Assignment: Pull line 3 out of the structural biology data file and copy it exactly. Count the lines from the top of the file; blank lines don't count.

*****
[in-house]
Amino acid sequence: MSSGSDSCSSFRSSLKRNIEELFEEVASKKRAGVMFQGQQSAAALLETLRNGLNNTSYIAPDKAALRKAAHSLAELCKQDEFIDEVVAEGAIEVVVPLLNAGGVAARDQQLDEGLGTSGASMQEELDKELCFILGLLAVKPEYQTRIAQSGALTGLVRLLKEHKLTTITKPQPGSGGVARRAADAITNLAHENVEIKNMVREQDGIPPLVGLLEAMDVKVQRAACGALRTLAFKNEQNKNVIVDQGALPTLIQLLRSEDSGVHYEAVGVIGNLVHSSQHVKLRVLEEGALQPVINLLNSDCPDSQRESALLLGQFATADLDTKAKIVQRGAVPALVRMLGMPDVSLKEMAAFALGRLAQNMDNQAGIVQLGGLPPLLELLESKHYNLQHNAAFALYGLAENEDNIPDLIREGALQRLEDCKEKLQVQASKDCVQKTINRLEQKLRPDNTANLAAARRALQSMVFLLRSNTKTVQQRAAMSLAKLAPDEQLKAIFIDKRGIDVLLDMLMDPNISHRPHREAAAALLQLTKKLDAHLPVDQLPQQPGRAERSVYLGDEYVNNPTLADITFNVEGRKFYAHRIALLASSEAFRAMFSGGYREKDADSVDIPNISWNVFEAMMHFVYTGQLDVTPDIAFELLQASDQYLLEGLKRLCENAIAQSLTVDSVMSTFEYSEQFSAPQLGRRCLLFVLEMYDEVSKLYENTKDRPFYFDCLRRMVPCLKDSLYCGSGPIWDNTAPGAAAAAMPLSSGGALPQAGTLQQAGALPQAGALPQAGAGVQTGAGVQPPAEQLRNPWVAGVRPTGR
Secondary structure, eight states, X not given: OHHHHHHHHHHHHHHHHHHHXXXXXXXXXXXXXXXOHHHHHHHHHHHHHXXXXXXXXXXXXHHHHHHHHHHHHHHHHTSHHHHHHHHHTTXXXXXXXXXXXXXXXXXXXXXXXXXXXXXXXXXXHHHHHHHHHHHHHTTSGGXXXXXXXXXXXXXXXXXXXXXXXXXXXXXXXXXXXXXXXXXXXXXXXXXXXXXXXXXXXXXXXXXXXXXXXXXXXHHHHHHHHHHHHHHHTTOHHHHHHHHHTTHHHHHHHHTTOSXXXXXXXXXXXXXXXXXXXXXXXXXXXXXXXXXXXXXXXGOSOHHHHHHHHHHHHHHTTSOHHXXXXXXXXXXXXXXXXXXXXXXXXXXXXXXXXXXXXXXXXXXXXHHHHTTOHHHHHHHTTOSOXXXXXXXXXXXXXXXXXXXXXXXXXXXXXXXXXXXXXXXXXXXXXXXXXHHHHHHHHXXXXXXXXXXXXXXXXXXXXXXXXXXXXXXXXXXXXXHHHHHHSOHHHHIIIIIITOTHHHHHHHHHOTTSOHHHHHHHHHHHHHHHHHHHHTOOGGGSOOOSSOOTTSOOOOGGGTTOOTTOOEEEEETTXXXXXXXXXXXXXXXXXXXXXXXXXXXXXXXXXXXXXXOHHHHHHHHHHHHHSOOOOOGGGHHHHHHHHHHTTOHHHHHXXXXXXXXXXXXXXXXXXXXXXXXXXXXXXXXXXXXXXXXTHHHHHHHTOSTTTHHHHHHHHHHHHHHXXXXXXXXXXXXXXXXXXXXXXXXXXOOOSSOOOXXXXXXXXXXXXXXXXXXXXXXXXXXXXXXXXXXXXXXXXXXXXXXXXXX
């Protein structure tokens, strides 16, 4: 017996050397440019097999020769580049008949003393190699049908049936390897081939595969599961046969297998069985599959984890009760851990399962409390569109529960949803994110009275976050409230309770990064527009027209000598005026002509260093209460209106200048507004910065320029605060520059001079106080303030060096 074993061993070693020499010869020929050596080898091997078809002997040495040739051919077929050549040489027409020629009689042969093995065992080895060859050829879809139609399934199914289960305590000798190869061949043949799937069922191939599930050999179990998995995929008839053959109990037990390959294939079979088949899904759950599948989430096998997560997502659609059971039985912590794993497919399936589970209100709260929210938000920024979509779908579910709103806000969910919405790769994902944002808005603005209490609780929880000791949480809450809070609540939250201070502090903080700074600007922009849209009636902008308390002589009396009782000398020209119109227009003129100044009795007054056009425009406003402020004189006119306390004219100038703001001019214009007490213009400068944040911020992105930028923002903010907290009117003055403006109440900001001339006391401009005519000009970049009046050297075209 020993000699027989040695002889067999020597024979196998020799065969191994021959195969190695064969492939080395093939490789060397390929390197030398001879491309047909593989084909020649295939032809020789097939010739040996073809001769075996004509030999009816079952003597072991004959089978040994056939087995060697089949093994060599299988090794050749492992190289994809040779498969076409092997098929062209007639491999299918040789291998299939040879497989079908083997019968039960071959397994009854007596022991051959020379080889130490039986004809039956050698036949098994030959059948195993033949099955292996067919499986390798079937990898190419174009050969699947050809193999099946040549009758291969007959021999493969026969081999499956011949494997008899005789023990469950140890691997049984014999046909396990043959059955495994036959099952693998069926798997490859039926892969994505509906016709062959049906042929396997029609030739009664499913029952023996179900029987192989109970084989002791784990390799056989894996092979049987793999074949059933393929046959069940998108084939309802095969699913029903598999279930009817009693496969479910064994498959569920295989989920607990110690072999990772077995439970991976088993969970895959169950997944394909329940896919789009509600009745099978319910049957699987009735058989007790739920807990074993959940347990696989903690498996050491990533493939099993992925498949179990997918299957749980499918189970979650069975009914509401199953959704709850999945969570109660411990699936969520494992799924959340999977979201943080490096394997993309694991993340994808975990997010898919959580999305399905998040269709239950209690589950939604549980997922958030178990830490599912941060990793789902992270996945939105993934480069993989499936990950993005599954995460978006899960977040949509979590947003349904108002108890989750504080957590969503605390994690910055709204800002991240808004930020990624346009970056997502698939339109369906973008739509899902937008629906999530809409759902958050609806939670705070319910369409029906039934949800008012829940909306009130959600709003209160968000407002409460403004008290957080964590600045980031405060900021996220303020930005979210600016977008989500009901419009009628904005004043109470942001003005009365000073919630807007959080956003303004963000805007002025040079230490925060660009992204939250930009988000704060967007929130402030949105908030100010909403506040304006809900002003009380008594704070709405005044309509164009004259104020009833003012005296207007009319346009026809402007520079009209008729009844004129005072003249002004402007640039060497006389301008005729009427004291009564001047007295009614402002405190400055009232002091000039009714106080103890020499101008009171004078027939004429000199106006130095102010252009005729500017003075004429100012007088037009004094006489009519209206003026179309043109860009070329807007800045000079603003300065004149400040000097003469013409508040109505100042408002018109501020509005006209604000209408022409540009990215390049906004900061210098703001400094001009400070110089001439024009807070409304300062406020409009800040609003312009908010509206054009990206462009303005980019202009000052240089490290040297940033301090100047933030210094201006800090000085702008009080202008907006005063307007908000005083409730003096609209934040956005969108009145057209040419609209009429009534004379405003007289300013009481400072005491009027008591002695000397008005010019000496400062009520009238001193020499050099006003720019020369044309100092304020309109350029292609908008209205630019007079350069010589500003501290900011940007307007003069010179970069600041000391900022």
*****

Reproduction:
Secondary structure, eight states, X not given: OHHHHHHHHHHHHHHHHHHHXXXXXXXXXXXXXXXOHHHHHHHHHHHHHXXXXXXXXXXXXHHHHHHHHHHHHHHHHTSHHHHHHHHHTTXXXXXXXXXXXXXXXXXXXXXXXXXXXXXXXXXXHHHHHHHHHHHHHTTSGGXXXXXXXXXXXXXXXXXXXXXXXXXXXXXXXXXXXXXXXXXXXXXXXXXXXXXXXXXXXXXXXXXXXXXXXXXXXHHHHHHHHHHHHHHHTTOHHHHHHHHHTTHHHHHHHHTTOSXXXXXXXXXXXXXXXXXXXXXXXXXXXXXXXXXXXXXXXGOSOHHHHHHHHHHHHHHTTSOHHXXXXXXXXXXXXXXXXXXXXXXXXXXXXXXXXXXXXXXXXXXXXHHHHTTOHHHHHHHTTOSOXXXXXXXXXXXXXXXXXXXXXXXXXXXXXXXXXXXXXXXXXXXXXXXXXHHHHHHHHXXXXXXXXXXXXXXXXXXXXXXXXXXXXXXXXXXXXXHHHHHHSOHHHHIIIIIITOTHHHHHHHHHOTTSOHHHHHHHHHHHHHHHHHHHHTOOGGGSOOOSSOOTTSOOOOGGGTTOOTTOOEEEEETTXXXXXXXXXXXXXXXXXXXXXXXXXXXXXXXXXXXXXXOHHHHHHHHHHHHHSOOOOOGGGHHHHHHHHHHTTOHHHHHXXXXXXXXXXXXXXXXXXXXXXXXXXXXXXXXXXXXXXXXTHHHHHHHTOSTTTHHHHHHHHHHHHHHXXXXXXXXXXXXXXXXXXXXXXXXXXOOOSSOOOXXXXXXXXXXXXXXXXXXXXXXXXXXXXXXXXXXXXXXXXXXXXXXXXXX